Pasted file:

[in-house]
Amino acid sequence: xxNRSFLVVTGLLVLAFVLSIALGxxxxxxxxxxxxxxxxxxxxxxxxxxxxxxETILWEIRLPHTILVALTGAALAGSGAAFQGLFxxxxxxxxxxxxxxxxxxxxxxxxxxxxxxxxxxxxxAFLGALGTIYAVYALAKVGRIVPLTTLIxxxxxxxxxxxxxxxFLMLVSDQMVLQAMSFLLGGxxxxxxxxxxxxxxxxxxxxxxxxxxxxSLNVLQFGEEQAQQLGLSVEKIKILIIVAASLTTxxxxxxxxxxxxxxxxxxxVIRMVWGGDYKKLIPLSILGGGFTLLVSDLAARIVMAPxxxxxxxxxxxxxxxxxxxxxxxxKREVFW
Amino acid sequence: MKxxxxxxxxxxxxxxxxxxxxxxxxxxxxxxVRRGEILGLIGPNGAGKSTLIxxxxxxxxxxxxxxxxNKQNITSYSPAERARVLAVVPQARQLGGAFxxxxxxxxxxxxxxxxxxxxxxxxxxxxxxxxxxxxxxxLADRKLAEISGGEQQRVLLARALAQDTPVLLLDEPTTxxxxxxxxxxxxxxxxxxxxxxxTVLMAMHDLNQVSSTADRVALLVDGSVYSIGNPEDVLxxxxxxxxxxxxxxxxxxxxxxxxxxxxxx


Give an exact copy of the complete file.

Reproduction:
[in-house]
Amino acid sequence: xxNRSFLVVTGLLVLAFVLSIALGxxxxxxxxxxxxxxxxxxxxxxxxxxxxxxETILWEIRLPHTILVALTGAALAGSGAAFQGLFxxxxxxxxxxxxxxxxxxxxxxxxxxxxxxxxxxxxxAFLGALGTIYAVYALAKVGRIVPLTTLIxxxxxxxxxxxxxxxFLMLVSDQMVLQAMSFLLGGxxxxxxxxxxxxxxxxxxxxxxxxxxxxSLNVLQFGEEQAQQLGLSVEKIKILIIVAASLTTxxxxxxxxxxxxxxxxxxxVIRMVWGGDYKKLIPLSILGGGFTLLVSDLAARIVMAPxxxxxxxxxxxxxxxxxxxxxxxxKREVFW
Amino acid sequence: MKxxxxxxxxxxxxxxxxxxxxxxxxxxxxxxVRRGEILGLIGPNGAGKSTLIxxxxxxxxxxxxxxxxNKQNITSYSPAERARVLAVVPQARQLGGAFxxxxxxxxxxxxxxxxxxxxxxxxxxxxxxxxxxxxxxxLADRKLAEISGGEQQRVLLARALAQDTPVLLLDEPTTxxxxxxxxxxxxxxxxxxxxxxxTVLMAMHDLNQVSSTADRVALLVDGSVYSIGNPEDVLxxxxxxxxxxxxxxxxxxxxxxxxxxxxxx